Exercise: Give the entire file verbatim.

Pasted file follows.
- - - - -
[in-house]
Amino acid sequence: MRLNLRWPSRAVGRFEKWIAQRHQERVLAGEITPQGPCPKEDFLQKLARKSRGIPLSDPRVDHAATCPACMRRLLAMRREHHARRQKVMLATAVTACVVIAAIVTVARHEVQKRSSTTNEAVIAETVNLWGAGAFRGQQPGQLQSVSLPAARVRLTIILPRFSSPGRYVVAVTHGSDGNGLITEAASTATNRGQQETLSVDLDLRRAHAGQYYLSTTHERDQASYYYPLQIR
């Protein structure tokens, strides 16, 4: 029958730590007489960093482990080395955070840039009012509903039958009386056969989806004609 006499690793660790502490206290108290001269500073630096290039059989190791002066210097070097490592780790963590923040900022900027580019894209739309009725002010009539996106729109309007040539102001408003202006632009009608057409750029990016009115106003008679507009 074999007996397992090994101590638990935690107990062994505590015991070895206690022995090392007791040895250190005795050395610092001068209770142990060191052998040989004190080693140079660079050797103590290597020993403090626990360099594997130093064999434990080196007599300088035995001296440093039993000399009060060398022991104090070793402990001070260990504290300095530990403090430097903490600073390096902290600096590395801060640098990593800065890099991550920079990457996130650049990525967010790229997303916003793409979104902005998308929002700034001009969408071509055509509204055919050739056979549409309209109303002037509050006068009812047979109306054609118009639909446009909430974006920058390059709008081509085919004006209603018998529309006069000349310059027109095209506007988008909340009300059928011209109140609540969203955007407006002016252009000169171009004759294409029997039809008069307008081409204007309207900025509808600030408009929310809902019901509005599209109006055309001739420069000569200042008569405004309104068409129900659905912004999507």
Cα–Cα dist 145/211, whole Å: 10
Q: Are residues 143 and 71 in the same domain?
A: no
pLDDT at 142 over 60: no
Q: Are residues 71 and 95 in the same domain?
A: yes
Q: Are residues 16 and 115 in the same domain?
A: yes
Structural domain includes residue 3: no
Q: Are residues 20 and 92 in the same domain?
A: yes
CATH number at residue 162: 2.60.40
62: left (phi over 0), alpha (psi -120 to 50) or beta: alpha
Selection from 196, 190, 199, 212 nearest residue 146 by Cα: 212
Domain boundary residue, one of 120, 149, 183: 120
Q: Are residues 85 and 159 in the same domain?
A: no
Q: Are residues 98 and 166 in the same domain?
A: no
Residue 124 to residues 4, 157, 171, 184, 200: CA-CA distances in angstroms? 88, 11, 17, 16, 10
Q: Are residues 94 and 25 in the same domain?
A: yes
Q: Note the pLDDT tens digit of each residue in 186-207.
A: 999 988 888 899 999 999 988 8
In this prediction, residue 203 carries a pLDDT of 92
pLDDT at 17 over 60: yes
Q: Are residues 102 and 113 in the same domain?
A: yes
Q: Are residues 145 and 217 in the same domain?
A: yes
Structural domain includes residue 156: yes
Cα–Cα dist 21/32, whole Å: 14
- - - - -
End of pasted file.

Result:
[in-house]
Amino acid sequence: MRLNLRWPSRAVGRFEKWIAQRHQERVLAGEITPQGPCPKEDFLQKLARKSRGIPLSDPRVDHAATCPACMRRLLAMRREHHARRQKVMLATAVTACVVIAAIVTVARHEVQKRSSTTNEAVIAETVNLWGAGAFRGQQPGQLQSVSLPAARVRLTIILPRFSSPGRYVVAVTHGSDGNGLITEAASTATNRGQQETLSVDLDLRRAHAGQYYLSTTHERDQASYYYPLQIR
């Protein structure tokens, strides 16, 4: 029958730590007489960093482990080395955070840039009012509903039958009386056969989806004609 006499690793660790502490206290108290001269500073630096290039059989190791002066210097070097490592780790963590923040900022900027580019894209739309009725002010009539996106729109309007040539102001408003202006632009009608057409750029990016009115106003008679507009 074999007996397992090994101590638990935690107990062994505590015991070895206690022995090392007791040895250190005795050395610092001068209770142990060191052998040989004190080693140079660079050797103590290597020993403090626990360099594997130093064999434990080196007599300088035995001296440093039993000399009060060398022991104090070793402990001070260990504290300095530990403090430097903490600073390096902290600096590395801060640098990593800065890099991550920079990457996130650049990525967010790229997303916003793409979104902005998308929002700034001009969408071509055509509204055919050739056979549409309209109303002037509050006068009812047979109306054609118009639909446009909430974006920058390059709008081509085919004006209603018998529309006069000349310059027109095209506007988008909340009300059928011209109140609540969203955007407006002016252009000169171009004759294409029997039809008069307008081409204007309207900025509808600030408009929310809902019901509005599209109006055309001739420069000569200042008569405004309104068409129900659905912004999507």
Cα–Cα dist 145/211, whole Å: 10
Q: Are residues 143 and 71 in the same domain?
A: no
pLDDT at 142 over 60: no
Q: Are residues 71 and 95 in the same domain?
A: yes
Q: Are residues 16 and 115 in the same domain?
A: yes
Structural domain includes residue 3: no
Q: Are residues 20 and 92 in the same domain?
A: yes
CATH number at residue 162: 2.60.40
62: left (phi over 0), alpha (psi -120 to 50) or beta: alpha
Selection from 196, 190, 199, 212 nearest residue 146 by Cα: 212
Domain boundary residue, one of 120, 149, 183: 120
Q: Are residues 85 and 159 in the same domain?
A: no
Q: Are residues 98 and 166 in the same domain?
A: no
Residue 124 to residues 4, 157, 171, 184, 200: CA-CA distances in angstroms? 88, 11, 17, 16, 10
Q: Are residues 94 and 25 in the same domain?
A: yes
Q: Note the pLDDT tens digit of each residue in 186-207.
A: 999 988 888 899 999 999 988 8
In this prediction, residue 203 carries a pLDDT of 92
pLDDT at 17 over 60: yes
Q: Are residues 102 and 113 in the same domain?
A: yes
Q: Are residues 145 and 217 in the same domain?
A: yes
Structural domain includes residue 156: yes
Cα–Cα dist 21/32, whole Å: 14